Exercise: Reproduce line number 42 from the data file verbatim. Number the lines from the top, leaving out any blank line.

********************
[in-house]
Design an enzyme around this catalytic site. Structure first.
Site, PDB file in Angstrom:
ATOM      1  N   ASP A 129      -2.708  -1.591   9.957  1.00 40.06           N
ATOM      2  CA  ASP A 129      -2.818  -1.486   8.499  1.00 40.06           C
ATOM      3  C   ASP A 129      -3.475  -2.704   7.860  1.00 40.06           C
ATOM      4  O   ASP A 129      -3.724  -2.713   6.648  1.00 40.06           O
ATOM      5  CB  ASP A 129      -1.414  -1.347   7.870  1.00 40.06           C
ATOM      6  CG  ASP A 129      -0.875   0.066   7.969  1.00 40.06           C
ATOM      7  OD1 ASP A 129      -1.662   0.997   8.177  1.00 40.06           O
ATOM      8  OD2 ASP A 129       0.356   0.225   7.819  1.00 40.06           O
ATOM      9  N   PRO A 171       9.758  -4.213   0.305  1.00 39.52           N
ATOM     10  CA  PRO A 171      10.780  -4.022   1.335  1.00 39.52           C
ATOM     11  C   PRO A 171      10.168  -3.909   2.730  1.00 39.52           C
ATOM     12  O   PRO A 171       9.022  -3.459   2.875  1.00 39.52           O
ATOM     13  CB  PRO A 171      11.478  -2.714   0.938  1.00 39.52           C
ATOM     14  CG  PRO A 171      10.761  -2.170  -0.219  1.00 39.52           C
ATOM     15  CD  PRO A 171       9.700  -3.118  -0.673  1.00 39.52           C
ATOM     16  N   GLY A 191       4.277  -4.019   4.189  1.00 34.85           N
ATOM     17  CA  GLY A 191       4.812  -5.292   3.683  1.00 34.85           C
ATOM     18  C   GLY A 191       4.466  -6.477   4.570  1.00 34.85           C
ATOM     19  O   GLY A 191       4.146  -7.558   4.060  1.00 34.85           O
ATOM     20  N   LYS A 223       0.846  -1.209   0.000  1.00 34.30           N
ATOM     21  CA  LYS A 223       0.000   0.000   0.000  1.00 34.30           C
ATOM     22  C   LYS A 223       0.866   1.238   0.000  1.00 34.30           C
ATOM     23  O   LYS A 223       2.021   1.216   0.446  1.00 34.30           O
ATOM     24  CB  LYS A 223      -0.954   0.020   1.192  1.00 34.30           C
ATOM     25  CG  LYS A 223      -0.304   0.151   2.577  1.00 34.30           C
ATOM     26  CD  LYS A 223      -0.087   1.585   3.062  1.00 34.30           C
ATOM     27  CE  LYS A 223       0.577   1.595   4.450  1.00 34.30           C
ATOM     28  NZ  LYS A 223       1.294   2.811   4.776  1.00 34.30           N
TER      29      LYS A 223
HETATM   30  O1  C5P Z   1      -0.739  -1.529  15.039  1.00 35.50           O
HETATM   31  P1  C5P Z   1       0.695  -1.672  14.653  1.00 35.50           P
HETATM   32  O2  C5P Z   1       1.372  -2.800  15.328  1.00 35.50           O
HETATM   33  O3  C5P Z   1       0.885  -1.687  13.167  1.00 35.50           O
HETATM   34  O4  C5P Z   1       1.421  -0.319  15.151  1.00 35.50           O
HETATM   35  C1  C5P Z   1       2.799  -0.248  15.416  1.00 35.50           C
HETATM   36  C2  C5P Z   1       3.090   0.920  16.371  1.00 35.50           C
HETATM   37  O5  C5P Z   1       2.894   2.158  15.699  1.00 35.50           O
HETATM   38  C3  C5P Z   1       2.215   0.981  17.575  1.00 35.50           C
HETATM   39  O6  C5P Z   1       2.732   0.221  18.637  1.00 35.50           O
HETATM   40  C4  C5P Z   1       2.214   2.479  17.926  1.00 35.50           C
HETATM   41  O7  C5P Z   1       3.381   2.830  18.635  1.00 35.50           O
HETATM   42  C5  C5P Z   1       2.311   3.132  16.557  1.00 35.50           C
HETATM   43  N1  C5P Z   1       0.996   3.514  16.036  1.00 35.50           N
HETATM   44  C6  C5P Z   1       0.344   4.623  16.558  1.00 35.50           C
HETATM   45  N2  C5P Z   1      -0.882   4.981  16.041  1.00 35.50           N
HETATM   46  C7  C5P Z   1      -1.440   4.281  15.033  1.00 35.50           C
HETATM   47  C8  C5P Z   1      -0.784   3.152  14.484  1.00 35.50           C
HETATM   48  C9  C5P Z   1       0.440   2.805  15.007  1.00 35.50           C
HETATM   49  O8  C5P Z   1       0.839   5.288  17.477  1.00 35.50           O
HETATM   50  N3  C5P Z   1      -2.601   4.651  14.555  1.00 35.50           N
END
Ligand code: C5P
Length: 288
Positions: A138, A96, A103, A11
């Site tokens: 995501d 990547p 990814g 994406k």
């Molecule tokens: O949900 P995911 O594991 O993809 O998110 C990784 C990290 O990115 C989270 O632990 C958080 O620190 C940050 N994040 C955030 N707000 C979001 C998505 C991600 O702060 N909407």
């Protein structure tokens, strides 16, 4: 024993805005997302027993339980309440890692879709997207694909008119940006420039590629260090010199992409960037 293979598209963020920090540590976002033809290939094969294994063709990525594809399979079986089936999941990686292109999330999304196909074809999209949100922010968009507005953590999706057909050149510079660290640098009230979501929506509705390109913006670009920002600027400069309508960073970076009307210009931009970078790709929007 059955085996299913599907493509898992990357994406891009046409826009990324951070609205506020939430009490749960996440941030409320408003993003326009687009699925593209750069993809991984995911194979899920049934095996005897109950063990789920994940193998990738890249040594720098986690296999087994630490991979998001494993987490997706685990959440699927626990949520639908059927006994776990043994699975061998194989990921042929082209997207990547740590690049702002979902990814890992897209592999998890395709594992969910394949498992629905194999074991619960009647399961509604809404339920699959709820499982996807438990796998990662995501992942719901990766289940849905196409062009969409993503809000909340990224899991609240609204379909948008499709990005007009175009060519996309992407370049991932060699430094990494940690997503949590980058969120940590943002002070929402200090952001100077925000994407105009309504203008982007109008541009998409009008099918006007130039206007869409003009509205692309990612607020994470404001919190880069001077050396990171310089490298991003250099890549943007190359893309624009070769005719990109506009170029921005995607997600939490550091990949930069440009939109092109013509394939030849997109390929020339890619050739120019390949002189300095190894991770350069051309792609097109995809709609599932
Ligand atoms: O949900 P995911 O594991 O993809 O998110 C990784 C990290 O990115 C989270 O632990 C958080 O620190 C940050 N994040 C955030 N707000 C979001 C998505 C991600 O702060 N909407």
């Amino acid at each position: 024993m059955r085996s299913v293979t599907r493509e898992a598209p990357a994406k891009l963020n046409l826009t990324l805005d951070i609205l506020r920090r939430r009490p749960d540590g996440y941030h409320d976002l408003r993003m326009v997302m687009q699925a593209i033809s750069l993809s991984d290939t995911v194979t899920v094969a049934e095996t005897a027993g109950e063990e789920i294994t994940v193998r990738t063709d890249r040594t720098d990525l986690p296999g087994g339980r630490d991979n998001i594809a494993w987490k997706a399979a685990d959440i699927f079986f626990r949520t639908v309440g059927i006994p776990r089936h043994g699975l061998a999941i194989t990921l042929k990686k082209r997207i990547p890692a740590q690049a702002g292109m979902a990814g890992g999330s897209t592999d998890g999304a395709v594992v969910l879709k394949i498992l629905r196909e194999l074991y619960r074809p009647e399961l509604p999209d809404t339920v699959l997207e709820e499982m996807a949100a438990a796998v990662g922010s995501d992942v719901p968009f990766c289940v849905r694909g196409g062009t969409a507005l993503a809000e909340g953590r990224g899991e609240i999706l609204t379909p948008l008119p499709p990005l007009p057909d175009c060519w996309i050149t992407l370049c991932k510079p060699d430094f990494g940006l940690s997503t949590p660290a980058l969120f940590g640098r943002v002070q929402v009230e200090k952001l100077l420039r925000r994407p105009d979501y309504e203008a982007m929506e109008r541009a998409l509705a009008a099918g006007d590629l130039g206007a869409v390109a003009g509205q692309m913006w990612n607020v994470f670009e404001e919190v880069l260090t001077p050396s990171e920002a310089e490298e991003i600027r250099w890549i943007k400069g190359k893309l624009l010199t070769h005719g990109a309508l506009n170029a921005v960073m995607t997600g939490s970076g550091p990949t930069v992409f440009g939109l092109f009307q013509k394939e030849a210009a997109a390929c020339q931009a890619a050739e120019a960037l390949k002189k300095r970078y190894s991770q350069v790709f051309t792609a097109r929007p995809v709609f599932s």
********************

HETATM   39  O6  C5P Z   1       2.732   0.221  18.637  1.00 35.50           O